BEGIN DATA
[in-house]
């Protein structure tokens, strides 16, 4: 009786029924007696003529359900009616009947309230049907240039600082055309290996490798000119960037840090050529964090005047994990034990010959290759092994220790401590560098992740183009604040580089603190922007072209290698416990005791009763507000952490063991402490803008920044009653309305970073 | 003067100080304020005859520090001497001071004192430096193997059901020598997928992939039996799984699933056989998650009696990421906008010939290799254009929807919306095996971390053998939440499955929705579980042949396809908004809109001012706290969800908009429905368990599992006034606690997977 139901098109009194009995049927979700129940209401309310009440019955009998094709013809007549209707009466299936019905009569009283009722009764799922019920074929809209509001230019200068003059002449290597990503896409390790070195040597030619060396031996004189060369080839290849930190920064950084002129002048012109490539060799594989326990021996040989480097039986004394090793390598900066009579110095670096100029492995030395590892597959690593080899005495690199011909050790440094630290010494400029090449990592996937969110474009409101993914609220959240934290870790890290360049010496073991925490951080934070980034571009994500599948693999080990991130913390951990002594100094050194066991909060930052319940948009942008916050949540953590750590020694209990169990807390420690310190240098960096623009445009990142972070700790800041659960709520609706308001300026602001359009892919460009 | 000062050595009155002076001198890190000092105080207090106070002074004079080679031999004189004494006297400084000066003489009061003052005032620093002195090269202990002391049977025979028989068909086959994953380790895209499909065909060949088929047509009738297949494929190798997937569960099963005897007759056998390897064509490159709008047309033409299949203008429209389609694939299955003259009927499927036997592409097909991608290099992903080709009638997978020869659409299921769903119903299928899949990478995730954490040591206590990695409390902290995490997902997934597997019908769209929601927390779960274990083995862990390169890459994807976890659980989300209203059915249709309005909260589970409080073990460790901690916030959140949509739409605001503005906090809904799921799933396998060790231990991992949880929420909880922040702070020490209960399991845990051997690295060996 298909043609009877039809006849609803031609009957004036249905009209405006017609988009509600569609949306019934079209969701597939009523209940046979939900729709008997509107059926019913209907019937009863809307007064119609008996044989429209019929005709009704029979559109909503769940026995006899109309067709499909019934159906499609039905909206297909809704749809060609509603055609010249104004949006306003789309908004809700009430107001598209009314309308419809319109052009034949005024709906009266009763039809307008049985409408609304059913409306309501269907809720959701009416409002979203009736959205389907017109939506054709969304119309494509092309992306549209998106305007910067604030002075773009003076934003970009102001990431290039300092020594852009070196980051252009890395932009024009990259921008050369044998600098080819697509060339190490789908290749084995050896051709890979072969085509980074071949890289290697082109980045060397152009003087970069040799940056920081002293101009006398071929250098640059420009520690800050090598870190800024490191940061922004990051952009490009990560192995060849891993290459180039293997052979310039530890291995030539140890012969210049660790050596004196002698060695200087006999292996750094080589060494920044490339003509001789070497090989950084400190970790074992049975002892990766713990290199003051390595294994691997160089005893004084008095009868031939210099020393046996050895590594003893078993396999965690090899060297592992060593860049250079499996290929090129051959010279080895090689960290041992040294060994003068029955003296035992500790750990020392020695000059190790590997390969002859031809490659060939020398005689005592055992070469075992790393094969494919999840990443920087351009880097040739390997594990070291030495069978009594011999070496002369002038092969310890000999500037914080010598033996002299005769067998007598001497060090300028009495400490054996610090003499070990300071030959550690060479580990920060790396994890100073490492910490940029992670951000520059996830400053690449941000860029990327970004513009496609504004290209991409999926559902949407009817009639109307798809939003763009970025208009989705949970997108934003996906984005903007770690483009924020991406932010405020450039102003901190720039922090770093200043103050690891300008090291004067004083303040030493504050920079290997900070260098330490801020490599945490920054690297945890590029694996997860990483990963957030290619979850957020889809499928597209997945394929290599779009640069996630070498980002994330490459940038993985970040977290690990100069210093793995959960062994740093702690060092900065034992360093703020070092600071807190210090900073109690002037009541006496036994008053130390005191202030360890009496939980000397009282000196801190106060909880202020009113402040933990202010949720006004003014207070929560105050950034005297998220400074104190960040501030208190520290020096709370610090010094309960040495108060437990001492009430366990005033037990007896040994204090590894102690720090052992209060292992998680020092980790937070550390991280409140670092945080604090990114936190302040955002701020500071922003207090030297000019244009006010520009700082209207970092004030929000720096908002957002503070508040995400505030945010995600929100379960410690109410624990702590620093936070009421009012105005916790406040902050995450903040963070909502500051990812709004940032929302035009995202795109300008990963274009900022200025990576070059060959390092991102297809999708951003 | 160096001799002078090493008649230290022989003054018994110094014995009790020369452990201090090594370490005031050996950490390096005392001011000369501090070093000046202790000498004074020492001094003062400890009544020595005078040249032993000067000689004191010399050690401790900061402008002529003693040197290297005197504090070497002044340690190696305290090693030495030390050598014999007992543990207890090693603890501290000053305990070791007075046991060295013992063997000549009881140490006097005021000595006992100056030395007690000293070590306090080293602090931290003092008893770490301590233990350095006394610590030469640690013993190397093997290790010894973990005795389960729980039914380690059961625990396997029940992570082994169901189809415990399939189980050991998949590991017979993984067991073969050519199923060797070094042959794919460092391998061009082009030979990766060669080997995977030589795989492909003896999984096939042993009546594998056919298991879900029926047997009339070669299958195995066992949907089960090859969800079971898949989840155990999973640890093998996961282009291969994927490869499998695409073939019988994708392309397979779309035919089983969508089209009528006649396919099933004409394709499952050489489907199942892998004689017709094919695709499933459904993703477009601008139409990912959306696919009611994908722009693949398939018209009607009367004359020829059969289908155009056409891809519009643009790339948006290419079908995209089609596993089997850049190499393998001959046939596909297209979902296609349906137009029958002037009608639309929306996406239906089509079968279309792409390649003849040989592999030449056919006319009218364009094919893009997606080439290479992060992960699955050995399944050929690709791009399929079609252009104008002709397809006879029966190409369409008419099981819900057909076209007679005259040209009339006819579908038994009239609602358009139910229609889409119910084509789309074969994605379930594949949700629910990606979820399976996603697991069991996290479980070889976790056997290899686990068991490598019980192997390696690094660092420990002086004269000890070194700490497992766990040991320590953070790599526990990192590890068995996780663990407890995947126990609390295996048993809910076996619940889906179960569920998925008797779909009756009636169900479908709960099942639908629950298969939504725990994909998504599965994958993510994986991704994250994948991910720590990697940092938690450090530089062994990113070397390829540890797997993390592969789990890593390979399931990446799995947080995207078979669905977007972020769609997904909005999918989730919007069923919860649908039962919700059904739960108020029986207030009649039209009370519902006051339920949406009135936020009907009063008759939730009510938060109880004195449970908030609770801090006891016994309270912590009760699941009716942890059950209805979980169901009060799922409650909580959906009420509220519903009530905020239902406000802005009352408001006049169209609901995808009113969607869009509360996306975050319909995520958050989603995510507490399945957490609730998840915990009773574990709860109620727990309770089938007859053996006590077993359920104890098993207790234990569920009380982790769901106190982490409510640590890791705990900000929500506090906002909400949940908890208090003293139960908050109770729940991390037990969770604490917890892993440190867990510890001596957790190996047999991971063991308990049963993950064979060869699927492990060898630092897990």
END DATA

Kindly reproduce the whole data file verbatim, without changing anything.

[in-house]
């Protein structure tokens, strides 16, 4: 009786029924007696003529359900009616009947309230049907240039600082055309290996490798000119960037840090050529964090005047994990034990010959290759092994220790401590560098992740183009604040580089603190922007072209290698416990005791009763507000952490063991402490803008920044009653309305970073 | 003067100080304020005859520090001497001071004192430096193997059901020598997928992939039996799984699933056989998650009696990421906008010939290799254009929807919306095996971390053998939440499955929705579980042949396809908004809109001012706290969800908009429905368990599992006034606690997977 139901098109009194009995049927979700129940209401309310009440019955009998094709013809007549209707009466299936019905009569009283009722009764799922019920074929809209509001230019200068003059002449290597990503896409390790070195040597030619060396031996004189060369080839290849930190920064950084002129002048012109490539060799594989326990021996040989480097039986004394090793390598900066009579110095670096100029492995030395590892597959690593080899005495690199011909050790440094630290010494400029090449990592996937969110474009409101993914609220959240934290870790890290360049010496073991925490951080934070980034571009994500599948693999080990991130913390951990002594100094050194066991909060930052319940948009942008916050949540953590750590020694209990169990807390420690310190240098960096623009445009990142972070700790800041659960709520609706308001300026602001359009892919460009 | 000062050595009155002076001198890190000092105080207090106070002074004079080679031999004189004494006297400084000066003489009061003052005032620093002195090269202990002391049977025979028989068909086959994953380790895209499909065909060949088929047509009738297949494929190798997937569960099963005897007759056998390897064509490159709008047309033409299949203008429209389609694939299955003259009927499927036997592409097909991608290099992903080709009638997978020869659409299921769903119903299928899949990478995730954490040591206590990695409390902290995490997902997934597997019908769209929601927390779960274990083995862990390169890459994807976890659980989300209203059915249709309005909260589970409080073990460790901690916030959140949509739409605001503005906090809904799921799933396998060790231990991992949880929420909880922040702070020490209960399991845990051997690295060996 298909043609009877039809006849609803031609009957004036249905009209405006017609988009509600569609949306019934079209969701597939009523209940046979939900729709008997509107059926019913209907019937009863809307007064119609008996044989429209019929005709009704029979559109909503769940026995006899109309067709499909019934159906499609039905909206297909809704749809060609509603055609010249104004949006306003789309908004809700009430107001598209009314309308419809319109052009034949005024709906009266009763039809307008049985409408609304059913409306309501269907809720959701009416409002979203009736959205389907017109939506054709969304119309494509092309992306549209998106305007910067604030002075773009003076934003970009102001990431290039300092020594852009070196980051252009890395932009024009990259921008050369044998600098080819697509060339190490789908290749084995050896051709890979072969085509980074071949890289290697082109980045060397152009003087970069040799940056920081002293101009006398071929250098640059420009520690800050090598870190800024490191940061922004990051952009490009990560192995060849891993290459180039293997052979310039530890291995030539140890012969210049660790050596004196002698060695200087006999292996750094080589060494920044490339003509001789070497090989950084400190970790074992049975002892990766713990290199003051390595294994691997160089005893004084008095009868031939210099020393046996050895590594003893078993396999965690090899060297592992060593860049250079499996290929090129051959010279080895090689960290041992040294060994003068029955003296035992500790750990020392020695000059190790590997390969002859031809490659060939020398005689005592055992070469075992790393094969494919999840990443920087351009880097040739390997594990070291030495069978009594011999070496002369002038092969310890000999500037914080010598033996002299005769067998007598001497060090300028009495400490054996610090003499070990300071030959550690060479580990920060790396994890100073490492910490940029992670951000520059996830400053690449941000860029990327970004513009496609504004290209991409999926559902949407009817009639109307798809939003763009970025208009989705949970997108934003996906984005903007770690483009924020991406932010405020450039102003901190720039922090770093200043103050690891300008090291004067004083303040030493504050920079290997900070260098330490801020490599945490920054690297945890590029694996997860990483990963957030290619979850957020889809499928597209997945394929290599779009640069996630070498980002994330490459940038993985970040977290690990100069210093793995959960062994740093702690060092900065034992360093703020070092600071807190210090900073109690002037009541006496036994008053130390005191202030360890009496939980000397009282000196801190106060909880202020009113402040933990202010949720006004003014207070929560105050950034005297998220400074104190960040501030208190520290020096709370610090010094309960040495108060437990001492009430366990005033037990007896040994204090590894102690720090052992209060292992998680020092980790937070550390991280409140670092945080604090990114936190302040955002701020500071922003207090030297000019244009006010520009700082209207970092004030929000720096908002957002503070508040995400505030945010995600929100379960410690109410624990702590620093936070009421009012105005916790406040902050995450903040963070909502500051990812709004940032929302035009995202795109300008990963274009900022200025990576070059060959390092991102297809999708951003 | 160096001799002078090493008649230290022989003054018994110094014995009790020369452990201090090594370490005031050996950490390096005392001011000369501090070093000046202790000498004074020492001094003062400890009544020595005078040249032993000067000689004191010399050690401790900061402008002529003693040197290297005197504090070497002044340690190696305290090693030495030390050598014999007992543990207890090693603890501290000053305990070791007075046991060295013992063997000549009881140490006097005021000595006992100056030395007690000293070590306090080293602090931290003092008893770490301590233990350095006394610590030469640690013993190397093997290790010894973990005795389960729980039914380690059961625990396997029940992570082994169901189809415990399939189980050991998949590991017979993984067991073969050519199923060797070094042959794919460092391998061009082009030979990766060669080997995977030589795989492909003896999984096939042993009546594998056919298991879900029926047997009339070669299958195995066992949907089960090859969800079971898949989840155990999973640890093998996961282009291969994927490869499998695409073939019988994708392309397979779309035919089983969508089209009528006649396919099933004409394709499952050489489907199942892998004689017709094919695709499933459904993703477009601008139409990912959306696919009611994908722009693949398939018209009607009367004359020829059969289908155009056409891809519009643009790339948006290419079908995209089609596993089997850049190499393998001959046939596909297209979902296609349906137009029958002037009608639309929306996406239906089509079968279309792409390649003849040989592999030449056919006319009218364009094919893009997606080439290479992060992960699955050995399944050929690709791009399929079609252009104008002709397809006879029966190409369409008419099981819900057909076209007679005259040209009339006819579908038994009239609602358009139910229609889409119910084509789309074969994605379930594949949700629910990606979820399976996603697991069991996290479980070889976790056997290899686990068991490598019980192997390696690094660092420990002086004269000890070194700490497992766990040991320590953070790599526990990192590890068995996780663990407890995947126990609390295996048993809910076996619940889906179960569920998925008797779909009756009636169900479908709960099942639908629950298969939504725990994909998504599965994958993510994986991704994250994948991910720590990697940092938690450090530089062994990113070397390829540890797997993390592969789990890593390979399931990446799995947080995207078979669905977007972020769609997904909005999918989730919007069923919860649908039962919700059904739960108020029986207030009649039209009370519902006051339920949406009135936020009907009063008759939730009510938060109880004195449970908030609770801090006891016994309270912590009760699941009716942890059950209805979980169901009060799922409650909580959906009420509220519903009530905020239902406000802005009352408001006049169209609901995808009113969607869009509360996306975050319909995520958050989603995510507490399945957490609730998840915990009773574990709860109620727990309770089938007859053996006590077993359920104890098993207790234990569920009380982790769901106190982490409510640590890791705990900000929500506090906002909400949940908890208090003293139960908050109770729940991390037990969770604490917890892993440190867990510890001596957790190996047999991971063991308990049963993950064979060869699927492990060898630092897990």